So there’s been reports that the infamous Ugandan “kill the gays” bill might finally, horrifyingly, pass. It’s not clear what will actually happen, since the BBC report suggests only the part outlawing “promotion” of homosexuality will pass, not the actual “kill the gays” part, and Wikipedia suggests the Ugandan president may veto the bill. But if it does pass in its original form, Uganda will join (in alphabetical order) Iran, Mauritania, Nigeria, Somaliland, Saudi Arabia,Sudan, the United Arab Emirates, and Yemen in the list of countries that have the death penalty for homosexuality.
Normally, this isn’t the sort of thing I would comment on, because I don’t really have anything to say except that, of course, it’s awful. But it just so happens that today, a few days after hearing the news about the Ugandan bill, I stumbled across this website, which makes an apparently quixotic attempt to argue that the Bible isn’t that anti-gay after all.
One argument it makes is one I’ve heard frequently before, that because the author of Leviticus probably didn’t know anything about “loving, long-term homosexual relationships,” the commandment therefore wasn’t intended to be applied to those. I was trying to think of how to explain how awful this argument this argument is… and suddenly I made the connection to the Ugandan bill.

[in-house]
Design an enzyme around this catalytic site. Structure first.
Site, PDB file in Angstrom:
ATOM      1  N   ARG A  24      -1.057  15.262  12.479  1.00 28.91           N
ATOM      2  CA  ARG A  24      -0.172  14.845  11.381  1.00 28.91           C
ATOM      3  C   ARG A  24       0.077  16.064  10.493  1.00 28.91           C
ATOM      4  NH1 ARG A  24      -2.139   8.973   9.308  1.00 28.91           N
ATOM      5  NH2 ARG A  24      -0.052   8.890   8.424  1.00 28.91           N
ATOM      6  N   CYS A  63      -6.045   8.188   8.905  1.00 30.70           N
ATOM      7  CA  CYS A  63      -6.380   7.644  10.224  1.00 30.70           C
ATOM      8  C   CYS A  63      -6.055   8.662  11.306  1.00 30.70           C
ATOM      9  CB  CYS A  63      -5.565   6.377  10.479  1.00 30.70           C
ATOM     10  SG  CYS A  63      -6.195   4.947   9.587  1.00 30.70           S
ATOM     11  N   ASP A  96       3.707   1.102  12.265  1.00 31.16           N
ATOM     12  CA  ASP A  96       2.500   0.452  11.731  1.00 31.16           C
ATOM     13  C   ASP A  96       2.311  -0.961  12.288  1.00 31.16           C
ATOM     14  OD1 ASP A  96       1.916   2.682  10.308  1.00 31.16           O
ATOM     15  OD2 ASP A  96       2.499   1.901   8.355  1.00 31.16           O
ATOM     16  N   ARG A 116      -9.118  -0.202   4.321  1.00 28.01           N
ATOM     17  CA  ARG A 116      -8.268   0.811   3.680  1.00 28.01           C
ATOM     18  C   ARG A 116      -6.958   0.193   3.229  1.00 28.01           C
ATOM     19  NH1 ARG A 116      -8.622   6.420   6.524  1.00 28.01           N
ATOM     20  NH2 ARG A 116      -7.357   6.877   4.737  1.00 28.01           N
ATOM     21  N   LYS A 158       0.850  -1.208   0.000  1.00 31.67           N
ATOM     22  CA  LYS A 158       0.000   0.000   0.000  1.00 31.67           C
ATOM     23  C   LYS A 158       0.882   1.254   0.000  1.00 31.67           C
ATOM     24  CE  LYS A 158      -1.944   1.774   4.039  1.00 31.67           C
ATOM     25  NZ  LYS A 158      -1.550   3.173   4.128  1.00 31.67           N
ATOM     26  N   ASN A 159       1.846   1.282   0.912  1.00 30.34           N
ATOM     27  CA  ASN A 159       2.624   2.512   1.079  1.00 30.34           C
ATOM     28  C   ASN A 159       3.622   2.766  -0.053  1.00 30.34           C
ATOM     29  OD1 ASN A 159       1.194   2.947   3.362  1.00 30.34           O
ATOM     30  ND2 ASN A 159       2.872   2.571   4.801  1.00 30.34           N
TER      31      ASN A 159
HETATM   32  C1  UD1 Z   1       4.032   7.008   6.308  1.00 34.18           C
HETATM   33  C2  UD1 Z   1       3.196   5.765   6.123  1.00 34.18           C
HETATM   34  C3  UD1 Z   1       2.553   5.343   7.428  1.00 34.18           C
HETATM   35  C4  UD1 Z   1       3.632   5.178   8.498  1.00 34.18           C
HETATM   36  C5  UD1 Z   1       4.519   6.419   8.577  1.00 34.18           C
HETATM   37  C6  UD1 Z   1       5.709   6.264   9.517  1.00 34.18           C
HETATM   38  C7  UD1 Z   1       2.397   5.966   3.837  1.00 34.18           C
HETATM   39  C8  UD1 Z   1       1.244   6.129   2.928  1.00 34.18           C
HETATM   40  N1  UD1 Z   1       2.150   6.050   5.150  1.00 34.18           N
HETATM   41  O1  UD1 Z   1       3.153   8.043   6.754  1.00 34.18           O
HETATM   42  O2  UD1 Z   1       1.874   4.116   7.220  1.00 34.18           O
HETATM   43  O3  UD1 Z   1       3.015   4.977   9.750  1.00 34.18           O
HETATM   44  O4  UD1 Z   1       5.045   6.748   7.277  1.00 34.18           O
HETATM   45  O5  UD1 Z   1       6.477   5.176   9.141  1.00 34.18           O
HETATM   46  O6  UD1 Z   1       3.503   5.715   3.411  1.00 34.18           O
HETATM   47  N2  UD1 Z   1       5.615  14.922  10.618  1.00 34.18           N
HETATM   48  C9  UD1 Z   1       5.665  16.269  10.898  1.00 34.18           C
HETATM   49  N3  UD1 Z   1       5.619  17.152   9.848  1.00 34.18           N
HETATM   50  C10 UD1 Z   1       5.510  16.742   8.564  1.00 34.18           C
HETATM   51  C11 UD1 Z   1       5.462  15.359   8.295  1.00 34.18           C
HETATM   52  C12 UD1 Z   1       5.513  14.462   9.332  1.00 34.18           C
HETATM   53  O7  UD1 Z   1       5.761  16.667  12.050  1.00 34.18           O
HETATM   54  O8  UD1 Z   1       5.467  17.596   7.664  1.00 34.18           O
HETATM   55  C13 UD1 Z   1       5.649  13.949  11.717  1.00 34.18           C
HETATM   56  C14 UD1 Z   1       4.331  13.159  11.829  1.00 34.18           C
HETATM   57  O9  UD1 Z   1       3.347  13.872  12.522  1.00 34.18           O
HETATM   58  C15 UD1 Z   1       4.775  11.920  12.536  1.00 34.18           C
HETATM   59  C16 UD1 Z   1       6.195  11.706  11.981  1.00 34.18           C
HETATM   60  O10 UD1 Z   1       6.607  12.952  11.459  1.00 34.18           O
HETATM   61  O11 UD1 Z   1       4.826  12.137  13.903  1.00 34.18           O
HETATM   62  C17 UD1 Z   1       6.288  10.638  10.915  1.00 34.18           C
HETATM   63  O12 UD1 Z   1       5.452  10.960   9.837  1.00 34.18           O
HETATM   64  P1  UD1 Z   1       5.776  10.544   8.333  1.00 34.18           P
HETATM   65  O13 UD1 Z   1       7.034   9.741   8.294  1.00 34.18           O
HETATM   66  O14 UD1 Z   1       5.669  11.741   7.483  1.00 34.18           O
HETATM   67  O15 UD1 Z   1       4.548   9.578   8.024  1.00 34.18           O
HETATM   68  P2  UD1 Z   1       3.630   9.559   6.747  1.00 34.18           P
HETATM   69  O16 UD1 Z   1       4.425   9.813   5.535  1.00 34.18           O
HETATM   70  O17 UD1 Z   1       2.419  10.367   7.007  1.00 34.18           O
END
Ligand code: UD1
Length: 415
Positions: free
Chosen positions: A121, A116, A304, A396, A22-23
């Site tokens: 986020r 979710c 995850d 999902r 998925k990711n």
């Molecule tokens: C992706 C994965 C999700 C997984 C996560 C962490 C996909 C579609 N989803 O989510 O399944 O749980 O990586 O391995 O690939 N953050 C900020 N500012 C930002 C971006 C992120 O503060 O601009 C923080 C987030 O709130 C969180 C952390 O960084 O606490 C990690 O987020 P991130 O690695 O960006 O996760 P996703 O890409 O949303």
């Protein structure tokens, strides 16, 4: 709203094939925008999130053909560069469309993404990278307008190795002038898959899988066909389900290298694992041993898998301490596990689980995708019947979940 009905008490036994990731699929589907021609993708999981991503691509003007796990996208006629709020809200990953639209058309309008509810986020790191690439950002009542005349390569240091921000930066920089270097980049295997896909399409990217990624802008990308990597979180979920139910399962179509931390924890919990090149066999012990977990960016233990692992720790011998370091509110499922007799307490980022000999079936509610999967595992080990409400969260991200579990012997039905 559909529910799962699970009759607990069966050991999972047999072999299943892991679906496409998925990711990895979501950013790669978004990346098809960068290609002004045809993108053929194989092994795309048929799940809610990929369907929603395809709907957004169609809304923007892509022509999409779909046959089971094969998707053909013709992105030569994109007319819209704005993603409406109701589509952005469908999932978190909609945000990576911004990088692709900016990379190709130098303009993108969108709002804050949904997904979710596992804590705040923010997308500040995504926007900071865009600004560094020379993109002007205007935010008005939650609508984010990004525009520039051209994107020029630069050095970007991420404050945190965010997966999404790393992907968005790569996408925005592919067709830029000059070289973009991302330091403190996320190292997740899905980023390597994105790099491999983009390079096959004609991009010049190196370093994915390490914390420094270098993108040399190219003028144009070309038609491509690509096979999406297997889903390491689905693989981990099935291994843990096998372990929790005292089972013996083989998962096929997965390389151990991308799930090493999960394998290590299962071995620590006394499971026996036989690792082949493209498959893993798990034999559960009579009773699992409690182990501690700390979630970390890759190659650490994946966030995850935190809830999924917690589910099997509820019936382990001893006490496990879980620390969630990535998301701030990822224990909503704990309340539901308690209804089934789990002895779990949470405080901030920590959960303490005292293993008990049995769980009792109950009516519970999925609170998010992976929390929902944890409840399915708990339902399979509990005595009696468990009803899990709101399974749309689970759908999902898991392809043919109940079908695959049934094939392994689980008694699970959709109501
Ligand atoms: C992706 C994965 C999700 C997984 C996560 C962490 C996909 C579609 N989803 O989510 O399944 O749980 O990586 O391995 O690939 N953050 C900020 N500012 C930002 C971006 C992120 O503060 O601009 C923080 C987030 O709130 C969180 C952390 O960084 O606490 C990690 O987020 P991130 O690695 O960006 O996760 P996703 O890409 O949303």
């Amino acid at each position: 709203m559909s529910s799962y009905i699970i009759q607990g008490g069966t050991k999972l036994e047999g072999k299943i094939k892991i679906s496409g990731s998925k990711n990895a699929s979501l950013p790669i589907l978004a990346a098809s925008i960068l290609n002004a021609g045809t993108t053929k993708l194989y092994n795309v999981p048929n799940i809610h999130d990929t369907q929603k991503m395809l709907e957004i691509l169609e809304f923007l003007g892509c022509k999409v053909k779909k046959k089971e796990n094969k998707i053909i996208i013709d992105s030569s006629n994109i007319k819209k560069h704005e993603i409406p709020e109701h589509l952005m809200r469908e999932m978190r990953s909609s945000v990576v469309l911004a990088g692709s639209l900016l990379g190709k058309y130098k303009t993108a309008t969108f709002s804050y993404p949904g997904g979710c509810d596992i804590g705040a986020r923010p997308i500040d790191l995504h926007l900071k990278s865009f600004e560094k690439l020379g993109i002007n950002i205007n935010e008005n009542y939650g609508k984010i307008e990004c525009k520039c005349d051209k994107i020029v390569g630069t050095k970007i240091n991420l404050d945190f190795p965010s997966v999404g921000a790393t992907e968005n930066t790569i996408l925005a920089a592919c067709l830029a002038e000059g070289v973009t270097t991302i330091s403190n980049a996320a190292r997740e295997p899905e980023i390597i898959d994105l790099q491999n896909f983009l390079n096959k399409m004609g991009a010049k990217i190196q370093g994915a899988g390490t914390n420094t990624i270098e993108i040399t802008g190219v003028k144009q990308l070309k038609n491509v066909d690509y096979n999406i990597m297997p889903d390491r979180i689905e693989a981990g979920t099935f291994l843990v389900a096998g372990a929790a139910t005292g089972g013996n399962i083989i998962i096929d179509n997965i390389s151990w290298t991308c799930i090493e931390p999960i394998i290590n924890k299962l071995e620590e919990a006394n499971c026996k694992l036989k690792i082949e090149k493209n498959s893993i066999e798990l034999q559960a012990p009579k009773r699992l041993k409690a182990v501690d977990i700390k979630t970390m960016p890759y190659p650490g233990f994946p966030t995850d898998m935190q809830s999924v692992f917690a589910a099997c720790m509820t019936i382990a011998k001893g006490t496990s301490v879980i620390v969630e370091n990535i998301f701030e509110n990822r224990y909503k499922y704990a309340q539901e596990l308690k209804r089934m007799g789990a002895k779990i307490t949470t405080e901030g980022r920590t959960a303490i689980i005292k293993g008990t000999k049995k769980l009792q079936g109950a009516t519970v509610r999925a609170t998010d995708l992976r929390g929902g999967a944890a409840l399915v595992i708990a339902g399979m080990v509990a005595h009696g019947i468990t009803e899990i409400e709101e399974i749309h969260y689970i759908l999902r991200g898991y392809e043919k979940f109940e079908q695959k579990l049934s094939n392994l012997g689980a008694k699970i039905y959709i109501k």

Those who’ve followed this story may know about pastor Martin Ssempa, one of the bill’s supporters. In addition to being infamous for supporting this evil law in the first place, Ssempa is also infamous for campaigning for it by going around holding gay porn screenings… which sounds hilarious, until you realize he’s holding them on the premise that you can make generalizations about all gay people based on a porn video or two.
It wouldn’t be surprising if Ssempa doesn’t believe there’s such a thing as loving, gay relationships, and it would be even less surprising if some of his followers don’t think they exist. It wouldn’t even surprise me if some of his followers were not in denial, but just that ignorant because they live in a society where homosexuality is already illegal (just not punishable by death–yet) so of course any gay people they know are going to be closeted.
Does that mean the bill isn’t intended to apply to loving gay relationships, and therefore isn’t anti-gay after all? No.
And this is why we all need to take a step back and accept that yes, a book written more than 2000 years ago is going to have some things in it ad odds with modern liberal values.